WASHINGTON — A riveting, gut-wrenching spectacle engulfed Brett Kavanaugh’s nomination to the Supreme Court Thursday during a confirmation hearing where Kavanaugh repeatedly broke down in tears, expressed bitter defiance, and shouted over Democrats on the Senate Judiciary Committee.
The extraordinary hearing offered the Senate and the country a stark choice between his impassioned denials of sexual misconduct and the painful allegations of Christine Blasey Ford, who accused Kavanaugh of sexually assaulting her in high school.
With the makeup of the nation’s highest court hanging in the balance, Ford delivered her allegations firmly, calmly, and with a degree of credibility even Republicans acknowledged. She testified she was “100 percent’’ certain it was Kavanaugh who, on a summer night in the 1980s, pinned her down on a bed, covered her mouth to prevent her from screaming, and ground his hips against her.
“I am here today not because I want to be — I am terrified,” said Ford, her voice wavering as she recounted the alleged episode with testimony that left that Capitol, which has been consumed by a partisan furor over the allegations, in utter silence.
“I believed he was going to rape me,” Ford said. She added: “It was hard for me to breathe, and I thought that Brett was accidentally going to kill me.”
When Kavanaugh’s turn to testify arrived later in the day, he read a prepared statement that dripped with outrage and specific denials of Ford’s accusations. The former Republican lawyer wore a blue tie and took aim at the left, the Clintons, and Democrats who he said were out to stop him at all costs.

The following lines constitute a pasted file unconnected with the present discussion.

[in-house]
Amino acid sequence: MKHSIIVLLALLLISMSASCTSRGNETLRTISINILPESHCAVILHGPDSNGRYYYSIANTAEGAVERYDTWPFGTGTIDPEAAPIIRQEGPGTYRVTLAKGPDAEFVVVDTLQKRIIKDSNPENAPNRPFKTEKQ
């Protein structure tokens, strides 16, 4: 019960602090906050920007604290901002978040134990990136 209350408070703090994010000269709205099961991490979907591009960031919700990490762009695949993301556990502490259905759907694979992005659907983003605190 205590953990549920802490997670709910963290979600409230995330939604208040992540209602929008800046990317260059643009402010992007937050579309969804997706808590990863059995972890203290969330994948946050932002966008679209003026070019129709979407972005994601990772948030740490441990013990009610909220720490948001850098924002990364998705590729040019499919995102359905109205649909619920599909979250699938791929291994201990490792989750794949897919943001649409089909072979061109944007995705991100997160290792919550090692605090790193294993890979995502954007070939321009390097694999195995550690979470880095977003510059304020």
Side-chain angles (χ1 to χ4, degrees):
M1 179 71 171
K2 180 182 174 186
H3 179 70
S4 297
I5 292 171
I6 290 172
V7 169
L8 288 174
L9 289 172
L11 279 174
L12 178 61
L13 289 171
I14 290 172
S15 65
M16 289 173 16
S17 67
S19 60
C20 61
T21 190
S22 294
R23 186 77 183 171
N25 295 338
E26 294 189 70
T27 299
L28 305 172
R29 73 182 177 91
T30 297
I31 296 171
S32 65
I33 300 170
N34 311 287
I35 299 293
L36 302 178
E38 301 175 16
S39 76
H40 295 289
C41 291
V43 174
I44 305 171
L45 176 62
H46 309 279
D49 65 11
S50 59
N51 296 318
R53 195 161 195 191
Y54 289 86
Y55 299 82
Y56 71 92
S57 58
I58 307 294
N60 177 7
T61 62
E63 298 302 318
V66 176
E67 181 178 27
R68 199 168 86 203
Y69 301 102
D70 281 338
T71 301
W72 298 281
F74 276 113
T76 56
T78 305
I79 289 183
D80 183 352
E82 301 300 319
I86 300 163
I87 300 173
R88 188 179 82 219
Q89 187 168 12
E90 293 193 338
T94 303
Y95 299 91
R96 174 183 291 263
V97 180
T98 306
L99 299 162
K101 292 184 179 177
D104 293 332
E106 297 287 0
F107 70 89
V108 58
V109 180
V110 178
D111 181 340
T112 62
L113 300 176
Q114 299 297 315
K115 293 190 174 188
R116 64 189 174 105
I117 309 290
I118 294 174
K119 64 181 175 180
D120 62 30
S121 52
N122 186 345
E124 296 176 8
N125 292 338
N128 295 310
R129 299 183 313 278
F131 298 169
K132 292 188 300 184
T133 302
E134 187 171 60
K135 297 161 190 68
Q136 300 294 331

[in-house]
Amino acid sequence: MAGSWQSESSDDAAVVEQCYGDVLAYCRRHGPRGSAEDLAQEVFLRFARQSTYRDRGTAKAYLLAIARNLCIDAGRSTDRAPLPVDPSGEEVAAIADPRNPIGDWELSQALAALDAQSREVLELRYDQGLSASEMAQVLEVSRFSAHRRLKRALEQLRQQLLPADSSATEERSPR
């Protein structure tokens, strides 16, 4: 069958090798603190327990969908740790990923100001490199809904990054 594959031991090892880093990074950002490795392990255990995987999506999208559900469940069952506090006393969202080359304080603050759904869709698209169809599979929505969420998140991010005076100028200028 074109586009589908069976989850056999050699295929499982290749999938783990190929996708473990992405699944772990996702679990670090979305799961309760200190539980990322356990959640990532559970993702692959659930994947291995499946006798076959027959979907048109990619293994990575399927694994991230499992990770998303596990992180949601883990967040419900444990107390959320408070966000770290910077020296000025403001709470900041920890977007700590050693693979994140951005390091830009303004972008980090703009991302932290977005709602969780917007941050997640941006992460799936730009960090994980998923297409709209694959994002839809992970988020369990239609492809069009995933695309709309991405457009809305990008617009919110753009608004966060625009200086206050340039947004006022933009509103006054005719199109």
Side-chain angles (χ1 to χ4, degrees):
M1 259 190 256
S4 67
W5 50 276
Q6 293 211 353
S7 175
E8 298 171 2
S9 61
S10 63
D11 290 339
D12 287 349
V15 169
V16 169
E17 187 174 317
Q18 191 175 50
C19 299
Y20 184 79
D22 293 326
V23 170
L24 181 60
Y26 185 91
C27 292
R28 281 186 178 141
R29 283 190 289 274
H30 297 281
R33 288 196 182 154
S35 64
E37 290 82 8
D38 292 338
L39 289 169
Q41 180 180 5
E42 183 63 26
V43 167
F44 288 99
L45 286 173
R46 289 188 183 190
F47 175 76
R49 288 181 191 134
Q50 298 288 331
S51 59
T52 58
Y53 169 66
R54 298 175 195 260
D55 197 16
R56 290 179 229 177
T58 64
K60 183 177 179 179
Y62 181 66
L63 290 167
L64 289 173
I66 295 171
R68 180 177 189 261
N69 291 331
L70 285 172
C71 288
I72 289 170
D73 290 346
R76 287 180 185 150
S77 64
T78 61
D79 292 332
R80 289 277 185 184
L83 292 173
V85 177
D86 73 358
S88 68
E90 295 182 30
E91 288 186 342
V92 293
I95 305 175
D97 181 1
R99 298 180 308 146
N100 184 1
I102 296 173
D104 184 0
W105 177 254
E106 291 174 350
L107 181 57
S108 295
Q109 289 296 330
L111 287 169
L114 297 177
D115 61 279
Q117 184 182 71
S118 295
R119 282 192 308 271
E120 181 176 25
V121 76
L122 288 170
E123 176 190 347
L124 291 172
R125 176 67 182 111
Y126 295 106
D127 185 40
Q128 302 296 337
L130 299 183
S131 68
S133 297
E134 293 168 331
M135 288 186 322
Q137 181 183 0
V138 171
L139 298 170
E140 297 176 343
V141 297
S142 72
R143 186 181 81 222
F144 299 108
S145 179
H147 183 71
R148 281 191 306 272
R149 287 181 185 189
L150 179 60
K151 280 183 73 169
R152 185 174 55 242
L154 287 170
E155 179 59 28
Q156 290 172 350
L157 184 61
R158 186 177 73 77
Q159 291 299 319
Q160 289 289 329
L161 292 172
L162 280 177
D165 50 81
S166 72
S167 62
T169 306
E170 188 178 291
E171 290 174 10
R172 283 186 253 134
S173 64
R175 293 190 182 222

“You have replaced advice and consent with search and destroy,” Kavanaugh declared, glaring at the senators in the room as his voice rose.
The hearing ended more than eight hours after it started, and President Trump called the judge’s testimony ‘‘powerful, honest, and riveting’’ and declared, ‘‘The Senate must vote!’’
Senate Republicans said the committee will vote Friday morning, followed by procedural votes in the full Senate Saturday and Monday. The final confirmation vote will be Tuesday.
Kavanaugh’s anger was reminiscent of Supreme Court Justice Clarence Thomas’s defense against Anita Hill’s allegations of sexual harassment 27 years ago, when he said he was a victim of a “high-tech lynching.’’ But Kavanaugh’s performance was far more emotional and amounted to an unprecedented display of raw sentiment for a Supreme Court nominee.